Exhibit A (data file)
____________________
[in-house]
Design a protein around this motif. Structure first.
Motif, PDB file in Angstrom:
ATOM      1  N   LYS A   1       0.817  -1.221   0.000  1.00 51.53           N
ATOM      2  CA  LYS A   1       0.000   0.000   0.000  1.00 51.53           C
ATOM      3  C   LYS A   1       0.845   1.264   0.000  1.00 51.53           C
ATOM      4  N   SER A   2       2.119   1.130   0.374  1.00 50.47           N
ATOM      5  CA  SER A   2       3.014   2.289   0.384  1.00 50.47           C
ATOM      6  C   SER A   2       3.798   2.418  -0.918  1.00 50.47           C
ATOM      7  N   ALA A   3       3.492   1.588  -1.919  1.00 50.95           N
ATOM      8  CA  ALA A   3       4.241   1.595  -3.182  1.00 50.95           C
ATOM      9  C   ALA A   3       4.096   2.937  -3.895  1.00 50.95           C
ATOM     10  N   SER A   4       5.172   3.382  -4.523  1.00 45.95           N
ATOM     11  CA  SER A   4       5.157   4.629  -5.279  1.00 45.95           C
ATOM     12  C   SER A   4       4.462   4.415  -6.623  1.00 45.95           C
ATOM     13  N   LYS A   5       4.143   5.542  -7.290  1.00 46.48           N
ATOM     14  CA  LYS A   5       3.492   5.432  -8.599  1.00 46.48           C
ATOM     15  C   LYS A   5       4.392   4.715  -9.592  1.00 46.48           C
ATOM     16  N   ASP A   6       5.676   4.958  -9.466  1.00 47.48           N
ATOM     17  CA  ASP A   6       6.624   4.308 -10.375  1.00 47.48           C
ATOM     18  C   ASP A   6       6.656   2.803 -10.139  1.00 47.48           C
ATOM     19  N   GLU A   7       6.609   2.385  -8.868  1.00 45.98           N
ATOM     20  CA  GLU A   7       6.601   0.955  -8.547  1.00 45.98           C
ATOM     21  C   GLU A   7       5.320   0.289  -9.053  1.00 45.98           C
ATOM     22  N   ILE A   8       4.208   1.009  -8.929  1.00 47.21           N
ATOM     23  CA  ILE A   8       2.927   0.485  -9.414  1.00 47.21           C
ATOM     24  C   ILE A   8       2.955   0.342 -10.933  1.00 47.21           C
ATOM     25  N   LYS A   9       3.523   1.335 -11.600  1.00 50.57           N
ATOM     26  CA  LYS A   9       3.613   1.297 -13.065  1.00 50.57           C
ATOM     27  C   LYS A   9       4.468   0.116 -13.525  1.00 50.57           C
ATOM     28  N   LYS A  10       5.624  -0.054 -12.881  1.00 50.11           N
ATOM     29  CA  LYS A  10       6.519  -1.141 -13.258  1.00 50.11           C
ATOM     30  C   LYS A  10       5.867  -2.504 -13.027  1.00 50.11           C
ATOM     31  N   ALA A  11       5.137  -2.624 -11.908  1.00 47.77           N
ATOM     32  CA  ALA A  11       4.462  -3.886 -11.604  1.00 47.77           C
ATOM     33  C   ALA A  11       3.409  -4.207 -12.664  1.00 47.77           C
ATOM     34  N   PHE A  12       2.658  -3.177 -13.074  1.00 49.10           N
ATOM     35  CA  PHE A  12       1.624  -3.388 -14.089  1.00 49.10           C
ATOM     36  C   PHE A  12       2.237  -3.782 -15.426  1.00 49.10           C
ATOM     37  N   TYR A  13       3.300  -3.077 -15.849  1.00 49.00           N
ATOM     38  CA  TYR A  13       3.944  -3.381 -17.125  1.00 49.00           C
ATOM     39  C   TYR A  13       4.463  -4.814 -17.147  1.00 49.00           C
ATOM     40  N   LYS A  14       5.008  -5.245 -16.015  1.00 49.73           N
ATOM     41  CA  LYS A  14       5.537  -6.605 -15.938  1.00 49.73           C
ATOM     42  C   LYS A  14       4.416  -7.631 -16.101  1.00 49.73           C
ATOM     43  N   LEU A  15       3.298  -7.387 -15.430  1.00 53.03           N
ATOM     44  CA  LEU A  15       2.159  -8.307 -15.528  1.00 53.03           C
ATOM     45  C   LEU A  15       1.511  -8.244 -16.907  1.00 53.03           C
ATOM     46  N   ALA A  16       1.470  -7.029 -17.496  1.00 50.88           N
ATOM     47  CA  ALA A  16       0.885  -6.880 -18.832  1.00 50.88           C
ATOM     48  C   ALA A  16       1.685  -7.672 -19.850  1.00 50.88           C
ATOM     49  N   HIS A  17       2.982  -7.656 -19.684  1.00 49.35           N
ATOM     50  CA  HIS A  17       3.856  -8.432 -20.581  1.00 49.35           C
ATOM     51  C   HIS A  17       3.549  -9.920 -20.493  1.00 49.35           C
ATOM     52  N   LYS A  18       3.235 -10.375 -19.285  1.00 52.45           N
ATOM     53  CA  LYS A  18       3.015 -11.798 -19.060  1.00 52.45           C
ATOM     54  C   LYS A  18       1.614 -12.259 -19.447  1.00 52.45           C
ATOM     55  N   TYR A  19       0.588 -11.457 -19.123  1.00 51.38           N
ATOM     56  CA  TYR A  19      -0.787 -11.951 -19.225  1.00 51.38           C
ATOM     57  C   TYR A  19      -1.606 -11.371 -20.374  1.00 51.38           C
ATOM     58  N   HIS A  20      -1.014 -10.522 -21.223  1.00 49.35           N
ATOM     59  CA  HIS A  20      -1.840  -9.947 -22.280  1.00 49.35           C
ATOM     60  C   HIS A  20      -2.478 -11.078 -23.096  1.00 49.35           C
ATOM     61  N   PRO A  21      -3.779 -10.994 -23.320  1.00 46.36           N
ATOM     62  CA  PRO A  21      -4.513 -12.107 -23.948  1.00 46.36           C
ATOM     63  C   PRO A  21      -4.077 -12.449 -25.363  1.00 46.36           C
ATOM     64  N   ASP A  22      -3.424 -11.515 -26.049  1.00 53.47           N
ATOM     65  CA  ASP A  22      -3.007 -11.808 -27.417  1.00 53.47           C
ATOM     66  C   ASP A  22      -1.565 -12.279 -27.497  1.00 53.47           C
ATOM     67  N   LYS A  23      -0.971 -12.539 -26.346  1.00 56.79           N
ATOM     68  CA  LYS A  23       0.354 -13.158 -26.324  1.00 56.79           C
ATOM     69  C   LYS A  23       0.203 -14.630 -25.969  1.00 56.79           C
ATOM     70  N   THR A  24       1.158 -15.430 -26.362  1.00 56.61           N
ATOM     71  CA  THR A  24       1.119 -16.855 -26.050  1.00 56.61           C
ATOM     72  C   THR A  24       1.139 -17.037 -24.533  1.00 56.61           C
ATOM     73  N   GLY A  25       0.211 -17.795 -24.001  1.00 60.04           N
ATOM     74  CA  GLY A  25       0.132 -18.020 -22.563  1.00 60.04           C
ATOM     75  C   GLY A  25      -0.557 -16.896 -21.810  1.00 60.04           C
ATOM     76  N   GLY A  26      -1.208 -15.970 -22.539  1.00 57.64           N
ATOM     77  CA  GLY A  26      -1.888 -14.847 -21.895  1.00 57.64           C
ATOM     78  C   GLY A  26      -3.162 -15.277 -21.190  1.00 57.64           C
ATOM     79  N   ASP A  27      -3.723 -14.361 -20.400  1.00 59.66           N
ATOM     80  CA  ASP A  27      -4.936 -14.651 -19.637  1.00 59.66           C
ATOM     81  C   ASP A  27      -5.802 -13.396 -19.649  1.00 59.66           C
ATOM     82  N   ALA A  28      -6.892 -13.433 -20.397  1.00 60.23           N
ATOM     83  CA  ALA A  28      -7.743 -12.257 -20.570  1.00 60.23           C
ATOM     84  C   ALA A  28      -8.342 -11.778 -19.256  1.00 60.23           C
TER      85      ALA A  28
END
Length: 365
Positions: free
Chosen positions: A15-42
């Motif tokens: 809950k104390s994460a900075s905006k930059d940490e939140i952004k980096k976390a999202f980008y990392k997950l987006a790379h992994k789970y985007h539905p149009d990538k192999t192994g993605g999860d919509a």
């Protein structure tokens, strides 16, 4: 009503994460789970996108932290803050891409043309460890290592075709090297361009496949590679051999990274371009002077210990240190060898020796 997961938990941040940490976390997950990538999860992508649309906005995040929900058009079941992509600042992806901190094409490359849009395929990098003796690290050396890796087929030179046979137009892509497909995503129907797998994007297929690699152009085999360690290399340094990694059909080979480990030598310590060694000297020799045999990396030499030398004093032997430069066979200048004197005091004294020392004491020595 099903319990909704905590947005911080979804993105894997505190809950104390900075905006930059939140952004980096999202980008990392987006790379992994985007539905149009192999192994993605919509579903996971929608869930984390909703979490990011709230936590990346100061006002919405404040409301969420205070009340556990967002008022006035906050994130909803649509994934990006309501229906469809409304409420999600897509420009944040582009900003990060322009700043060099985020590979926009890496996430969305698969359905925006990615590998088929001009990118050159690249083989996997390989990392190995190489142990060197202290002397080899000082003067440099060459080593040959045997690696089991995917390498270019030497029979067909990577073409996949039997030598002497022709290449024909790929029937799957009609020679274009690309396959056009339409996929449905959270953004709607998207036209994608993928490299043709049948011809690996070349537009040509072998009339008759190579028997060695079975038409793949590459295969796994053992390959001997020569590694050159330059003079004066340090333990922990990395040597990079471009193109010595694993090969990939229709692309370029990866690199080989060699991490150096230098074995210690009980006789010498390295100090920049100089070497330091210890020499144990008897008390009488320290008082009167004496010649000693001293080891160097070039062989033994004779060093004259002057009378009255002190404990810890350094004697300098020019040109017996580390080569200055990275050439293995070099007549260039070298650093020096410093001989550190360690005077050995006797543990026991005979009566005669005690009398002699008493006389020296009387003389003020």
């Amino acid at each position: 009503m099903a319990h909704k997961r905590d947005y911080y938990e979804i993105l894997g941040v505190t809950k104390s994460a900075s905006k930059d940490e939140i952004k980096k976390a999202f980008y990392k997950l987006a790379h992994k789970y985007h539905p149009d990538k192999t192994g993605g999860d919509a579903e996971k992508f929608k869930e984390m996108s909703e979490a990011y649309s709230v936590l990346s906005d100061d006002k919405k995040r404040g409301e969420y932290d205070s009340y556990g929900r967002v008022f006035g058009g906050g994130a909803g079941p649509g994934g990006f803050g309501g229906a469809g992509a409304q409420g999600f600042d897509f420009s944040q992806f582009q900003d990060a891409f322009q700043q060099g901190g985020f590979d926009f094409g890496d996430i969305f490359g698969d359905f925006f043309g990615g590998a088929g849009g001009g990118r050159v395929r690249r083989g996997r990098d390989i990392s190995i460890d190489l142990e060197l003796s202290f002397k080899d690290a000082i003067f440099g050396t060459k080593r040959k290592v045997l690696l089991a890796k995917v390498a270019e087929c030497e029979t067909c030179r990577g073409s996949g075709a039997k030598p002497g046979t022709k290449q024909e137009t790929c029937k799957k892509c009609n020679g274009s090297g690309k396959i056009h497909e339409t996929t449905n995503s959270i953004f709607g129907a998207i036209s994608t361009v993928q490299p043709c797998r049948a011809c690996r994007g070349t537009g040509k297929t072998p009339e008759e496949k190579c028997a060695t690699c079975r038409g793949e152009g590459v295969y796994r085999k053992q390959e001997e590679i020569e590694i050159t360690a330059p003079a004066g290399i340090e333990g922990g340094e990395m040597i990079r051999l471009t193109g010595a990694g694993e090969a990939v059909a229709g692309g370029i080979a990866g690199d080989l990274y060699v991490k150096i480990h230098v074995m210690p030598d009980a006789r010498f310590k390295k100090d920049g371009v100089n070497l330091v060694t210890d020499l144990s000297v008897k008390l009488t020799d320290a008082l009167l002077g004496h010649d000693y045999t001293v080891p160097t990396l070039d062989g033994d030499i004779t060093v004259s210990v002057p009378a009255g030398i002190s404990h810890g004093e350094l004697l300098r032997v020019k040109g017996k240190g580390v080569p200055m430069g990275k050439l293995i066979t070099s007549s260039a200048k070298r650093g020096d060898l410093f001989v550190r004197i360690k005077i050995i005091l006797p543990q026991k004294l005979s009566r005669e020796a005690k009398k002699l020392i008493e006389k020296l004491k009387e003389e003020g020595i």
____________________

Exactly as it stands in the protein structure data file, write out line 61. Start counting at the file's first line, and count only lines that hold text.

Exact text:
ATOM     58  N   HIS A  20      -1.014 -10.522 -21.223  1.00 49.35           N